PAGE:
Johnson’s team have crafted a terrific thriller here, with crisp, bright imagery and coherent editing. The score hums and clicks with electronic, industrial sounds overlaying traditional instruments. Gordon-Levitt, belatedly (by a decade) the in-demand actor of the hour, is tough yet endearing in the lead role, and the fine makeup that makes him a believable antecedent to Bruce Willis (most notably wearing Willis’ curling nose) never distracts from his performance. Willis plays the weary, broken-hearted avenger he’s based the last decade of his career on with expected fluency. Only Johnson regular Noah Segan disappoints, in the underdeveloped role of token villain Kid Blue.

The film’s seemingly boundless energy comes to a crashing halt in the third act as Willis heads off on his mission and Gordon-Levitt hides out at the rural home of Emily Blunt’s suspicious Sara. The rhythm of the film goes all to hell for nearly 20 minutes, and the temptation to, like the characters in the movie, repeatedly glimpse at your watch is hard to resist. But this is all forgiven in a shocking, brilliantly conceived final quarter hour, that is as exciting as it is philosophical.

Aside from that late lull, the film’s most troubling aspect is its narration, lazily used to explain its mythology and technology, and it’s left unclear from where or when (or on what timeline) Gordon-Levitt is narrating. But Looper succeeds in making its world easily accessible, and more impressively manages to make its two anti-heroes – one a junkie out to kill his future self, the other so hell-bent on vengeance he will stop at nothing to do what he insists is right – likeable and worthy of our attention.

With echoes to films as eclectic as Witness and Akira and with a finale drawing on the magnificent climax of the supposedly inimitable Russian classic Come and See, Looper is a minor triumph of genre-bending entertainment.

David Neary

Rated 15A (see IFCO website for details)

Looper is released on 28th September 2012

Looper –  Official website


Where The Wild Things Are

Where the Wild Things Are

DIR: Spike Jonze • WRI: Spike Jonze, Dave Eggers • PRO: John B. Carls, Gary Goetzman, Tom Hanks, Vincent Landay, Maurice Sendak • DOP: Lance Acord • ED: James Haygood, Eric Zumbrunnen • DES: K.K. Barrett • CAST: Max Records, Catherine Keener, James Gandolfini, Paul Dano, Catherine O’Hara, Forest Whitaker, Michael Berry Jr., Chris Cooper, Lauren Ambrose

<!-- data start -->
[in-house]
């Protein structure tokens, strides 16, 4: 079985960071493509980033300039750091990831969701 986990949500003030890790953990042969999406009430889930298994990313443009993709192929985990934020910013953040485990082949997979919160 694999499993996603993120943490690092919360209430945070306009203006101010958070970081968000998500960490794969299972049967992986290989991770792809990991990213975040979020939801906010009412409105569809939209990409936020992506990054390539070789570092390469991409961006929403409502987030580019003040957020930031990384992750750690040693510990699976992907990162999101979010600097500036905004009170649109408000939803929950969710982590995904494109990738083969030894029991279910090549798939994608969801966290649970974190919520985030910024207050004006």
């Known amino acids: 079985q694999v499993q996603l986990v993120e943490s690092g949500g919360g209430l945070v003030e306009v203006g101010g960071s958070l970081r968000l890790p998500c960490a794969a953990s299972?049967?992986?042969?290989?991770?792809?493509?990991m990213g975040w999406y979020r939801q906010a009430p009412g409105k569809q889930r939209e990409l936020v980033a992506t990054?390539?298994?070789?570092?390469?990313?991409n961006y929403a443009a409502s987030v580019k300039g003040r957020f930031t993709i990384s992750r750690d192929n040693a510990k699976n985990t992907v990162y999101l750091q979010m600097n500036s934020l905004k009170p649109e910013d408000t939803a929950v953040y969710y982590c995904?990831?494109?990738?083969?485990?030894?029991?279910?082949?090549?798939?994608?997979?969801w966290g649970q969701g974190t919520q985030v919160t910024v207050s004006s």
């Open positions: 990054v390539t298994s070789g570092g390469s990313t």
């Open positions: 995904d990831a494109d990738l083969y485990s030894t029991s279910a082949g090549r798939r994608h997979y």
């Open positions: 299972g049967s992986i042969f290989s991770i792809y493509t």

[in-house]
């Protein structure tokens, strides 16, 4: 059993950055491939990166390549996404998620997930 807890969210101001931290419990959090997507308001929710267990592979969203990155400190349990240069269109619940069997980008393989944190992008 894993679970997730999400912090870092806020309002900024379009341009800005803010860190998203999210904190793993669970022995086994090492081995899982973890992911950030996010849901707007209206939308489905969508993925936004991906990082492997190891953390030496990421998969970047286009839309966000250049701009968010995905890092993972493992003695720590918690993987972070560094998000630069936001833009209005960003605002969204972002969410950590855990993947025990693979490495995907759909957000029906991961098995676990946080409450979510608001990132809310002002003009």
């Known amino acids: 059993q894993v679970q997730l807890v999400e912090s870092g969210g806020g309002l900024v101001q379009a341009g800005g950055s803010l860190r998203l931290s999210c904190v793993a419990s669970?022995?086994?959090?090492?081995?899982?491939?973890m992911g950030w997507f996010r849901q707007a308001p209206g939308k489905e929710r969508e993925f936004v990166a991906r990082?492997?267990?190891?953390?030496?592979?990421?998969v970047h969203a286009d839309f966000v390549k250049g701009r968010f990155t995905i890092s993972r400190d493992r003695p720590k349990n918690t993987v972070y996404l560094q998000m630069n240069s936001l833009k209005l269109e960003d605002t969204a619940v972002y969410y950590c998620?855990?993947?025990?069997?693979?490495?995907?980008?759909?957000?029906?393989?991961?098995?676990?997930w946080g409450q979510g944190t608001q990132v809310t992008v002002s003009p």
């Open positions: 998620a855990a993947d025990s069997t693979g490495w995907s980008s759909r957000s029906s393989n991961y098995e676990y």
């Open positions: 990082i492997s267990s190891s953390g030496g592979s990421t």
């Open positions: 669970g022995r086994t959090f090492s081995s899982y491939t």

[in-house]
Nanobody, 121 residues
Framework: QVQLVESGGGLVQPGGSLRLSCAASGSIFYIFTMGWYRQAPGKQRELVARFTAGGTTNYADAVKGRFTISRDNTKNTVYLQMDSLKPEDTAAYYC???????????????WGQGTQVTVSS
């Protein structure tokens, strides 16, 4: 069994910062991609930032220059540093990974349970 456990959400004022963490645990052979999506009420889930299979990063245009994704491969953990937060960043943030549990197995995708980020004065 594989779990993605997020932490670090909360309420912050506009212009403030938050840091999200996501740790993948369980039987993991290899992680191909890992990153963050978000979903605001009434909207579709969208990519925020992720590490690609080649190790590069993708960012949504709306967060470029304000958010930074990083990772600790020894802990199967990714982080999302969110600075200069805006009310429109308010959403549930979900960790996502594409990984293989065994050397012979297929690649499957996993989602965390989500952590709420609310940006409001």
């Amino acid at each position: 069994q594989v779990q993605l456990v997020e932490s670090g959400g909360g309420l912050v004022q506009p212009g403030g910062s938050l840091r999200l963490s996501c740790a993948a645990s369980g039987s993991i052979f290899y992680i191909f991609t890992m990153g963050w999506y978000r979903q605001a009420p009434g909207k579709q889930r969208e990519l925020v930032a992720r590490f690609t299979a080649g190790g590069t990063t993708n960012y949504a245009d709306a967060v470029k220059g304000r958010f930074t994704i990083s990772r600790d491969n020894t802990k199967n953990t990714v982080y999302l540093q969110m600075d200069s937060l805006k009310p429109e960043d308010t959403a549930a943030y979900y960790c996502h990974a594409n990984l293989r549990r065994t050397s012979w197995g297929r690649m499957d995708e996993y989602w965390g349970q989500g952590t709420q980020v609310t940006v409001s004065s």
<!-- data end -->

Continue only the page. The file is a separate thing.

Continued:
This is quite a dark, brooding little tale, made all the more affective by its simplicity. A young boy, Max (Max Records), disobeys his mother (Catherine Keener) and seeks refuge in a land of monsters who adopt him as their king. The film is directed by Spike Jonze and has been adapted from Maurice Sendak’s classic children’s story. But whereas Sendak’s 1963 book, which was less than 350 words long, was a fable for children, Jonze’s film is more a melancholic reflection on childhood for adults.

In the world populated by Jim Henson’s overgrown, and wonderfully realized, mondo muppet monsters, Max learns valuable lessons about who he is and what he has. This is not a world populated by the usual collection of the cartoonish opposites of the good loveable creatures versus the bad evil pantomime ones. Here we have a mixed bunch of hulking hirsute creatures that you will neither cheer for nor boo. But you will listen to and be moved by them.

Not everyone will be enamoured with what happens in this other world. Most of what occurs on the island with its dense forests, rolling sand dunes, and swooping cliffs, is random and inconclusive. The creatures, mostly somber and somewhat neurotic are simply living their lives. In between nothing really happening, Max engages in some contemplable dialogue with the monsters (who all represents facets of himself) and gets the chance to play out his problems with aggression and fears of isolation.

Having said all that, Max is actually quite an irritating spoilt little blackguard at the best of times and there can be little sympathy for him as he rallies against his home life; after all it is quite a normal life and he has a cushy number there pushing the viewer to annoyance at what he has to rage against, and that really he should be disciplined by having his Wii taken off him and no cookies for a week. But he’s a kid – and kids don’t know if they have things easy or not, for their inexperienced egocentricity means that if something bad is happening to them, it’s the worst thing in the whole wide world. And yes, it is a simple message he learns. And let’s not even start on the ending (cringe factor 9).

Yet despite this, the world that exists over Max’s rainbow is a sumptuous one to behold and the film is beautifully shot (in Australia) masterfully capturing both scenes of vast open spaces and claustrophobic tight spaces. Jonze treats it all with a low-key approach and uses a natural palette to bring this world to life.

Jonze has made Sendak’s book his own fleshing out its cerebral musings and opening it up to rich reinterpretation. Where the Wild Things Are is not what you might expect; as is often the case with Jonze. Nevertheless, it’s refreshing to see such a film that doesn’t feel the need to play for laughs or pander to cutesiness. A kid’s film you don’t have to bring kids to.

Steven Galvin

Rated PG (see IFCO website for details)
Where the Wild Things Are
is released 11th Dec 2009

Where the Wild Things Are – Official Website


There Will Be Blood

There Will Be Blood
There Will Be Blood